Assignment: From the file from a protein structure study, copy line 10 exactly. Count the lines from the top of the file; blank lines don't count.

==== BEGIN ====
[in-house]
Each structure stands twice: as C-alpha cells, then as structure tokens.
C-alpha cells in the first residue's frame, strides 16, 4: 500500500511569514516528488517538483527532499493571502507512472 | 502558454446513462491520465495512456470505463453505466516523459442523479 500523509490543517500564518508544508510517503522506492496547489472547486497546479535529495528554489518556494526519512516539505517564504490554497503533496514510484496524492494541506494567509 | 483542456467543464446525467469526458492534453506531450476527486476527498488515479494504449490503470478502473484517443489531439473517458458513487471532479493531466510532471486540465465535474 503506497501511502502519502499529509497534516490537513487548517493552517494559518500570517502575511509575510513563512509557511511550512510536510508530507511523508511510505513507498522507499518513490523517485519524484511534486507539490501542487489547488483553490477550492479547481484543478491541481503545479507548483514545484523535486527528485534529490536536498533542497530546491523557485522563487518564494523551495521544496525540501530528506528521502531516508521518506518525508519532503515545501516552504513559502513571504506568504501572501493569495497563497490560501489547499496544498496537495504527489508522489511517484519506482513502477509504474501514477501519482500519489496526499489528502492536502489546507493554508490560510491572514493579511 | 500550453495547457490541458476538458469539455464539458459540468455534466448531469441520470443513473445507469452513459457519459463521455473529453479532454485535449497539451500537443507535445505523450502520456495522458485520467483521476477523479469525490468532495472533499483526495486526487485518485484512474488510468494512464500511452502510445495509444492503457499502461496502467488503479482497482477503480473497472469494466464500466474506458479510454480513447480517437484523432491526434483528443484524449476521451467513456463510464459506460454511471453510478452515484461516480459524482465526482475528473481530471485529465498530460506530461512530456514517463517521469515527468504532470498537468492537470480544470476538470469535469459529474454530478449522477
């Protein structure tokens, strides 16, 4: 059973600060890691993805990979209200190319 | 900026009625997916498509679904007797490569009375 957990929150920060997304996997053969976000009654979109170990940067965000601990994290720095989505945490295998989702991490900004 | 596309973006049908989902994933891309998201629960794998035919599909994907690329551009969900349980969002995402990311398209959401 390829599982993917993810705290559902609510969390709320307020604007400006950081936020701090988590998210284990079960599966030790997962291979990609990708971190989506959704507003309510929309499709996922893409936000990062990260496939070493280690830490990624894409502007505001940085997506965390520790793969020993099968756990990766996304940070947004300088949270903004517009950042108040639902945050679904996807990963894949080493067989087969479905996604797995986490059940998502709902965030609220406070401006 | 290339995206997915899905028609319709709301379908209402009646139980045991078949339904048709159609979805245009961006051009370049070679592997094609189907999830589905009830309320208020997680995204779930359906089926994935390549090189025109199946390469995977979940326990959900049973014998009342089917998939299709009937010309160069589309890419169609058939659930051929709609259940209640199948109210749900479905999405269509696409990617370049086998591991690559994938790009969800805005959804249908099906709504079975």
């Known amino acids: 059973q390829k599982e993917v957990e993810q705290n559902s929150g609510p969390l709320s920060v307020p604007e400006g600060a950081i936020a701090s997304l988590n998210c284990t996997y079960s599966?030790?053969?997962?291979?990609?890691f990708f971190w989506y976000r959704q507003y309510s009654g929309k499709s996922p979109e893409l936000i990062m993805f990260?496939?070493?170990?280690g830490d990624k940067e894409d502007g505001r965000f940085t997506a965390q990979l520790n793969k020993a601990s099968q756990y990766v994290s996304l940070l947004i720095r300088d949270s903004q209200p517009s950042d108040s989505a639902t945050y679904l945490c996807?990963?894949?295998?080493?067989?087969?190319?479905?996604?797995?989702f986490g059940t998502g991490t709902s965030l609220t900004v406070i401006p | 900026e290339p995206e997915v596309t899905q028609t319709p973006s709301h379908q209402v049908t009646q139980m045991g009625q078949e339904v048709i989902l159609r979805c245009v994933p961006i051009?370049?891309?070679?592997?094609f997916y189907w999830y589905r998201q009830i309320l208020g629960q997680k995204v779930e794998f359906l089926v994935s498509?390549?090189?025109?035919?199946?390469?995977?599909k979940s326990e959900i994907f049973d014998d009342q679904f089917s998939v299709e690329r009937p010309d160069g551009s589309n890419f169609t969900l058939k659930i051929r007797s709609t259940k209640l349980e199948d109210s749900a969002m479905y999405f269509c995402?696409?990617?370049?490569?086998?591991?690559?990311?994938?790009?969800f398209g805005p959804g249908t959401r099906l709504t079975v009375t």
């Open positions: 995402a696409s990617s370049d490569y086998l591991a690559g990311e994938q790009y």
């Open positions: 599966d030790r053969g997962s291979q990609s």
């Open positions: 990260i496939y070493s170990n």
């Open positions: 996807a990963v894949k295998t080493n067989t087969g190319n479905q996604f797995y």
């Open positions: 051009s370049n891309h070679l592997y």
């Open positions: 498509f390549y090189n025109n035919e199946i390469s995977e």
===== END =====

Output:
């Open positions: 051009s370049n891309h070679l592997y």